ICYMI – The California Public Utilities Commission is in discussions to tack on a tax or “fee” to the bills of California cellphone users that would help subsidize phone service for low-income Californians as well as libraries and health care facilities.

This new charge would most likely not charge on a per text message rate but on a flat rate added to one’s monthly bill. The kicker? The CPUC has proposed taxing the users retroactively for 5 years back!

This retroactive charge means big bucks for the struggling utility. Charging Californians back 5 years creates new revenue to the tune of $220 million for the state.

So what? I live in Colorado…

The issue in question is if texting is actually a part of the phone service that the telecom industry provides or if it is a communication service, like email. (BTW – Text services do use the cellular technology that phone service uses.) Answering that question will decide the fate of this new fee.

If you live outside of California, it might not affect you now but could very well become a standard charge across the country as users make less phone calls and send more texts and legacy phone utilities need to makeup that gap in revenue.

Time will tell us what the market decides, but here’s a prediction:

From a consumer’s standpoint, the services such as WhatsApp, Skype and Facebook Messenger will become the communication method of choice because those services don’t fall into the utilities’ bailiwick.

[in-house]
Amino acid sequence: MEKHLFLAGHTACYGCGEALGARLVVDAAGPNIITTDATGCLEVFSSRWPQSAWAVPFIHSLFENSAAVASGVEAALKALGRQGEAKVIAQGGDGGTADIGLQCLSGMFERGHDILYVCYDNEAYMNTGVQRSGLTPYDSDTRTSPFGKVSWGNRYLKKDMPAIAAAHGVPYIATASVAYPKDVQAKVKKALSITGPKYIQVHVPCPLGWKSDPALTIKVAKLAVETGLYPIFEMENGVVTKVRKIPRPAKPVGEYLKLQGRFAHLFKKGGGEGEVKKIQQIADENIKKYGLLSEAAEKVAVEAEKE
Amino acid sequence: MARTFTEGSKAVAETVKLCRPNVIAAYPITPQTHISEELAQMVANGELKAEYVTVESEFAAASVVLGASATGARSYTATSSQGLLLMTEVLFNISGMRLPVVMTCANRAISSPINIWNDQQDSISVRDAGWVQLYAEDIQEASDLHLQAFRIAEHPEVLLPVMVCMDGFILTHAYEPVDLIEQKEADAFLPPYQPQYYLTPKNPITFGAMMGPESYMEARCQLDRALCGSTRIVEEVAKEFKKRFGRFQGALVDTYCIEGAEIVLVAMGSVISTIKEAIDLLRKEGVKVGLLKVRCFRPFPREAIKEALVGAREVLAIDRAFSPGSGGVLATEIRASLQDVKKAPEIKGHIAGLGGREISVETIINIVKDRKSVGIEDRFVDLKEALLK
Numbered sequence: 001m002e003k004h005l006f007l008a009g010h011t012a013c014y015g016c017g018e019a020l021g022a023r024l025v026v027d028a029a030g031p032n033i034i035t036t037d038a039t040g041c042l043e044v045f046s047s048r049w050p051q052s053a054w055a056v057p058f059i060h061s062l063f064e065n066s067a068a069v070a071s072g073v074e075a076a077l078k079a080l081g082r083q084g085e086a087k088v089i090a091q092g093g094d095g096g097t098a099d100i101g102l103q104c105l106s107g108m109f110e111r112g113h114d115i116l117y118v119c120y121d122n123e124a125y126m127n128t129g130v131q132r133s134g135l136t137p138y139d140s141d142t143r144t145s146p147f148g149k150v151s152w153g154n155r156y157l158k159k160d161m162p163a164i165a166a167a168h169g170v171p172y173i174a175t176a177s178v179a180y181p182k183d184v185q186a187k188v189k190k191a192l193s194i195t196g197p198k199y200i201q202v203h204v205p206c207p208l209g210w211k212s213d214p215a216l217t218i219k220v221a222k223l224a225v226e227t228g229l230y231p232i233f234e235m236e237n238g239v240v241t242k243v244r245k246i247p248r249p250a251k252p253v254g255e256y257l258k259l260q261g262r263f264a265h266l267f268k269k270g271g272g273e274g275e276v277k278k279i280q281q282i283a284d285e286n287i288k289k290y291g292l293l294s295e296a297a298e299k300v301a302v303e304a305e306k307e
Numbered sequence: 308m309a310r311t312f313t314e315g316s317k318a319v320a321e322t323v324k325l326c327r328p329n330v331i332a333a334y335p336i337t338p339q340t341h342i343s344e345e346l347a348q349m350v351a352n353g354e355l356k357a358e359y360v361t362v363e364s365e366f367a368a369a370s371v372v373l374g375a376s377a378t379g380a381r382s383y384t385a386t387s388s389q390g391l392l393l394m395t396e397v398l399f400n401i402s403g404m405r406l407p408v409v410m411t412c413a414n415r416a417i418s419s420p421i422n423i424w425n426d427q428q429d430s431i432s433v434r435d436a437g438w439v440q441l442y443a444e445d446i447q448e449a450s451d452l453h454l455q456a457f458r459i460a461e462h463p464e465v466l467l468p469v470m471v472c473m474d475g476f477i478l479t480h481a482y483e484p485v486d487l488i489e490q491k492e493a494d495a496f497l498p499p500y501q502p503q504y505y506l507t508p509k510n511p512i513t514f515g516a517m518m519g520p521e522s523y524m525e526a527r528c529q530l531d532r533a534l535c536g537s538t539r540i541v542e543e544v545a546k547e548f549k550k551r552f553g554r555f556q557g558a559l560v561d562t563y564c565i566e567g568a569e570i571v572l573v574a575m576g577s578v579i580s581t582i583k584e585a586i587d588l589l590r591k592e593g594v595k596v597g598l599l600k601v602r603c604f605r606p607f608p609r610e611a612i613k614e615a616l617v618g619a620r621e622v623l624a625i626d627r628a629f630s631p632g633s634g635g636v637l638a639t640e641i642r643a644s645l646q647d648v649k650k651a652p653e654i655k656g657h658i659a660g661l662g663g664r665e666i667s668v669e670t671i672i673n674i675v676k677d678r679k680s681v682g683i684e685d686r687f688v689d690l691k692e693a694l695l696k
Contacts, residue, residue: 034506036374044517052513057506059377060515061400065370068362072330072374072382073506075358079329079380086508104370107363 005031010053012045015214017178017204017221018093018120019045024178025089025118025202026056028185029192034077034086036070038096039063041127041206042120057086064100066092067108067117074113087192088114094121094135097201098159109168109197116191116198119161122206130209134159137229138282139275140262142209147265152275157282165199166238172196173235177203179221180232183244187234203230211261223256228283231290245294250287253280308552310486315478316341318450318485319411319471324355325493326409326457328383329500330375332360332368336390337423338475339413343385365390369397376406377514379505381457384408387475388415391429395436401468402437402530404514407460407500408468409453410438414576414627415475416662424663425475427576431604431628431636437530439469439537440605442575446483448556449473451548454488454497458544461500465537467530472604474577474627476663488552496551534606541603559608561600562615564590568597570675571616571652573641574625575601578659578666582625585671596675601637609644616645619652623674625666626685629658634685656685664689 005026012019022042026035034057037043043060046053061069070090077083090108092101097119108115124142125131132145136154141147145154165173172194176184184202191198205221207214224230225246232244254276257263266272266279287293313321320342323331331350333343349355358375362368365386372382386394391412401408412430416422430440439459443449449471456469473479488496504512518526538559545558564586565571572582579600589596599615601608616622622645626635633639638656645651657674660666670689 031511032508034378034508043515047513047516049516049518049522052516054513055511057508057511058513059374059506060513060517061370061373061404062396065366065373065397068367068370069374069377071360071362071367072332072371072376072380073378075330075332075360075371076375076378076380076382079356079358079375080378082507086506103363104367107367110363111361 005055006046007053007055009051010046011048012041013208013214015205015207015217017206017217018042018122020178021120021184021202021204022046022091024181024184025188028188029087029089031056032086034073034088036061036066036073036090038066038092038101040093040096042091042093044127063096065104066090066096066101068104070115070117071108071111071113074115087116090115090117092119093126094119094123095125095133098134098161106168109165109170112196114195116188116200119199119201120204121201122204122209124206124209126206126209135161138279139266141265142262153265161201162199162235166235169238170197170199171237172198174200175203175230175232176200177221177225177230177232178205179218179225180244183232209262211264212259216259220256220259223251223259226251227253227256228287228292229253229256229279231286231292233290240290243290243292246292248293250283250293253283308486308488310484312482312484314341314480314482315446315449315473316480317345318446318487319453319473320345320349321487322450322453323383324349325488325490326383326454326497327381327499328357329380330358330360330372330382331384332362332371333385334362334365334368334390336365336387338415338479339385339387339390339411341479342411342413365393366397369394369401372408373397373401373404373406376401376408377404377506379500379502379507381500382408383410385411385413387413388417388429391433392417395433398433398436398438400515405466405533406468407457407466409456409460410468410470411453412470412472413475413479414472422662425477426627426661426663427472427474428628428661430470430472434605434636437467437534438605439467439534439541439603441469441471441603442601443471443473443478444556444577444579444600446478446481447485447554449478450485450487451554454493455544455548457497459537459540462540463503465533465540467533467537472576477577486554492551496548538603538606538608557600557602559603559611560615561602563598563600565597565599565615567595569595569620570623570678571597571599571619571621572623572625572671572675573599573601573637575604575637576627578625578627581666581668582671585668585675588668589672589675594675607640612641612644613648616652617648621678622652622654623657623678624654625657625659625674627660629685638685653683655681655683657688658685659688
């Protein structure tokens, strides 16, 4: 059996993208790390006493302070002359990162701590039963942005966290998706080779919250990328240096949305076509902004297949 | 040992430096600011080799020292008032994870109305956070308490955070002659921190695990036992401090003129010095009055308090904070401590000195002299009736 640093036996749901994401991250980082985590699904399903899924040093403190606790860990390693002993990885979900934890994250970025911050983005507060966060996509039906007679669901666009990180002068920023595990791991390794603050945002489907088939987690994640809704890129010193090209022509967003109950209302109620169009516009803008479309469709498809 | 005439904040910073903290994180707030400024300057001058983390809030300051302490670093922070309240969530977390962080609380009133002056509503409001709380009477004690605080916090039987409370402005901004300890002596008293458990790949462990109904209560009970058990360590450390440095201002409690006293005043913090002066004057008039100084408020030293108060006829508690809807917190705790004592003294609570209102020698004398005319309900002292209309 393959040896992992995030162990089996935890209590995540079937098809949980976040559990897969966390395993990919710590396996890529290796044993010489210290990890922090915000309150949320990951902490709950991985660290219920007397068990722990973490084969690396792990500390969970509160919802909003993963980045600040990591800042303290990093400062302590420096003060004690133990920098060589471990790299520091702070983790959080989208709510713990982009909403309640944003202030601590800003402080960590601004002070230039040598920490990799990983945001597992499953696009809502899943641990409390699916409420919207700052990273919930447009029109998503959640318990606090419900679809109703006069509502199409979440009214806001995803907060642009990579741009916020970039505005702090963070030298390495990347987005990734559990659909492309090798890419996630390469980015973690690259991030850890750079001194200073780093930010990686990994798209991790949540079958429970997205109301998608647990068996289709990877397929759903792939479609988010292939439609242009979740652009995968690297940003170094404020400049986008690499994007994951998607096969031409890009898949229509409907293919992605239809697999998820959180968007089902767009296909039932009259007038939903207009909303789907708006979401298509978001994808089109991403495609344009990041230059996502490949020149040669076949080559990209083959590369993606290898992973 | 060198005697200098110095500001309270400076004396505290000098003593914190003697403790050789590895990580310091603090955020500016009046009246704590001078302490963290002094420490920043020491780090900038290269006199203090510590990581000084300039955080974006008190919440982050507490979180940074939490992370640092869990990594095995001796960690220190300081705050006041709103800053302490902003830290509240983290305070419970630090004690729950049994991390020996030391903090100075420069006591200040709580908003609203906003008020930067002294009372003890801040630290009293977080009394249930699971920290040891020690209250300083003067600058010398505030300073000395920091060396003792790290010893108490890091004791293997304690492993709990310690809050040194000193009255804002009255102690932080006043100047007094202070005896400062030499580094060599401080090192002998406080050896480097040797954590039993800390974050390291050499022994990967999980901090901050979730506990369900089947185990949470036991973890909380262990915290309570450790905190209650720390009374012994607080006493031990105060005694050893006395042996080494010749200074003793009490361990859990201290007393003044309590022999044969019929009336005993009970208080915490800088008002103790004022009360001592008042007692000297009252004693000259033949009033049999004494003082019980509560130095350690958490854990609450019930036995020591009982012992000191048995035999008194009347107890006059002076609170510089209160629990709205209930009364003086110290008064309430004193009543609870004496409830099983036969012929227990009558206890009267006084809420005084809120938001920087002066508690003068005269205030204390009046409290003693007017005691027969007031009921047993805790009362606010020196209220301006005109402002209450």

People will drop the texting services on their phones if they believe the tax is too much and thus, that revenue for the low-income individuals will dry up anyway.

Creating taxes on specific behavior almost always results in unintended consequences and, many times, creates the exact opposite effect of what it’s trying to accomplish.

In this case, it will likely drive people to do other things and in this case, may not pay for the services that California is trying to provide more of through these fees.


Would this change your behavior?

Do you think government involvement can change our behavior – for good or bad?

Check out our web page that discusses the effect regulations can have on our behavior, and see if this supports how you feel about all of this.

If you’re not excited about a text tax, IFYP.

LMK on Facebook what all this means to you!

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